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    • "Recent digital volumetric imaging studies analysed palatal thickness and revealed that the thickest part of the palate is in the anterior region and that in the posterior region, mini-screws of appropriate lengths can also be placed [24],[26-28], which makes all proposed screw positions reasonable. The thick palatal bone allows wide and long screws to be used, as planned by several participants. "
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    ABSTRACT: Background The aim of the survey was to obtain information on the treatment plan preferences, mechanics and characteristics of temporary anchorage device (TAD) application using a single case presented to orthodontists in Switzerland. Methods A structured questionnaire to be completed by all study participants with case-specific (treatment plan including mechanics and TAD usage) and general questions (general fixed appliance and TAD usage as well as professional, educational and demographic questions) together with an orthodontic borderline case was utilised. The case was a female adult with dental Class II/2, deep bite and maxillary anterior crowing, who had been treated in childhood with extraction of four premolars and fixed appliance followed by wisdom tooth extraction. Results The response rate was 24.4% (108 out of 443). The majority (96.3%, 104) proposed comprehensive treatment, while 3.7% (4) planned only alignment of maxillary teeth. 8.3% (9) included a surgical approach in their treatment plan. An additional 0.9% (1) combined the surgical approach with Class II mechanics. 75.1% (81) decided on distalization on the maxilla using TADs, 7.4% (8) planned various types of Class II appliances and 3.7% (4) combined distalization using TADs or headgear with Class II appliances and surgery. Palatal implants were the most popular choice (70.6%, 60), followed by mini-screws (22.4%, 19) and mini-plates on the infrazygomatic crests (7.0%, 6). The preferred site of TAD insertion showed more variation in sagittal than in transversal dimension, and the median size of mini-screws used was 10.0-mm long (interquartile range (IQR) 2.3 mm) and 2.0-mm wide (IQR 0.3 mm). Conclusions Distalization against palatal implants and then distalization against mini-screws were the most popular treatment plans. Preferred site for TAD insertion varied depending on type and size but varied more widely in the sagittal than in the transversal dimension.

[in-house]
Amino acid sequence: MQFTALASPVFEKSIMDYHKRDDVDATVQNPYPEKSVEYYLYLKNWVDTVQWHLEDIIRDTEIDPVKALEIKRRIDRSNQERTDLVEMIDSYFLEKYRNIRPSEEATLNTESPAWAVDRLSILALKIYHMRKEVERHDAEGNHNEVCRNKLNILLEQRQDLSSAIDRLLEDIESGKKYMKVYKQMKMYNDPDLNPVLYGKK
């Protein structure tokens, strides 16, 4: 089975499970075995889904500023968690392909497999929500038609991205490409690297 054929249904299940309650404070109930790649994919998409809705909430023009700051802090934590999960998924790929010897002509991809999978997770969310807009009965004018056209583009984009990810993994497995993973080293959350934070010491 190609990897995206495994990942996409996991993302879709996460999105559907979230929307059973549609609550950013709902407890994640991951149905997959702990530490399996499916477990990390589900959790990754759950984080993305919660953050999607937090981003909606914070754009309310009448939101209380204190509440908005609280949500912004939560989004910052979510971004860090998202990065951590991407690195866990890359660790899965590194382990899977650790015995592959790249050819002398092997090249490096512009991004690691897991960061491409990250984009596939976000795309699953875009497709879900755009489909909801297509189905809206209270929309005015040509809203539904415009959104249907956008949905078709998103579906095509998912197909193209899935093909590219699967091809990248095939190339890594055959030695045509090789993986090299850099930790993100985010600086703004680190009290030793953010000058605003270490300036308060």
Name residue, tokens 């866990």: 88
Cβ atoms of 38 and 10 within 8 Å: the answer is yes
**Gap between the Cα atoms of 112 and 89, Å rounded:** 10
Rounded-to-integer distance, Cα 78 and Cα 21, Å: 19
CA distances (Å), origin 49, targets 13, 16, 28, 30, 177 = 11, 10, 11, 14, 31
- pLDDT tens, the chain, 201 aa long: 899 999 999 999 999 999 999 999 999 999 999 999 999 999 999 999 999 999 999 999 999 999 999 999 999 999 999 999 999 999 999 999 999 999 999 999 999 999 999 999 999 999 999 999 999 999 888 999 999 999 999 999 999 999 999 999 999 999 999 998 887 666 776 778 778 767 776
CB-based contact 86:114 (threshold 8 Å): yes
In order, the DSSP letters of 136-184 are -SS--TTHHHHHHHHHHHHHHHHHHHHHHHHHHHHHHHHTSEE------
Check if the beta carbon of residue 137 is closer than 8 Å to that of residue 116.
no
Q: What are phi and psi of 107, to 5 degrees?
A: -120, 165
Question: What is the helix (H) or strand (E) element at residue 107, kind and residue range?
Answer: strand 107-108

04/2014; 15(1):29. DOI:10.1186/s40510-014-0029-x
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    • "The possible regions of the hard palate are in the mid-sagittal plane (Triaca et al., 1992; Wehrbein et al., 1996; Stockmann et al., 2009) or at paramedian locations (Bernhart et al., 2000, 2001). The median-sagittal area may be characterized by relatively low vertical bone support, so the paramedian region is a good alternative to place the palatal implants (Bernhart et al., 2000; Alsamak et al., 2012). "
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    ABSTRACT: The purpose of this study was to examine the success rate of paramedian palatal Orthosystem first- and second-generation implants used for anchorage in orthodontic treatment in patients treated by one experienced orthodontist.The records of 143 patients (90 female, 53 male, median age: 15.7 years, range: 10.2-50.9) receiving 145 palatal implants of the first or second generation (Orthosystem, Straumann AG, Basel, Switzerland) were examined. All the palatal implants were placed in a paramedian palatal location by three experienced surgeons. Stable implants were orthodontically loaded after a healing period of 3 months. Out of the 145 inserted paramedian palatal implants only seven implants (4.8%) were not considered stable after insertion. All the successfully osseointegrated implants remained stable during orthodontic treatment.Paramedian palatal implants are highly reliable and effective devices to obtain skeletal anchorage for orthodontic treatment. This study has shown that the paramedian location is a good alternative to the median location. © 2013 © The Author 2013. Published by Oxford University Press on behalf of the European Orthodontic Society. All rights reserved. For permissions, please email: [email protected] /* */
    The European Journal of Orthodontics 03/2013; 36(1). DOI:10.1093/ejo/cjt003 · 1.48 Impact Factor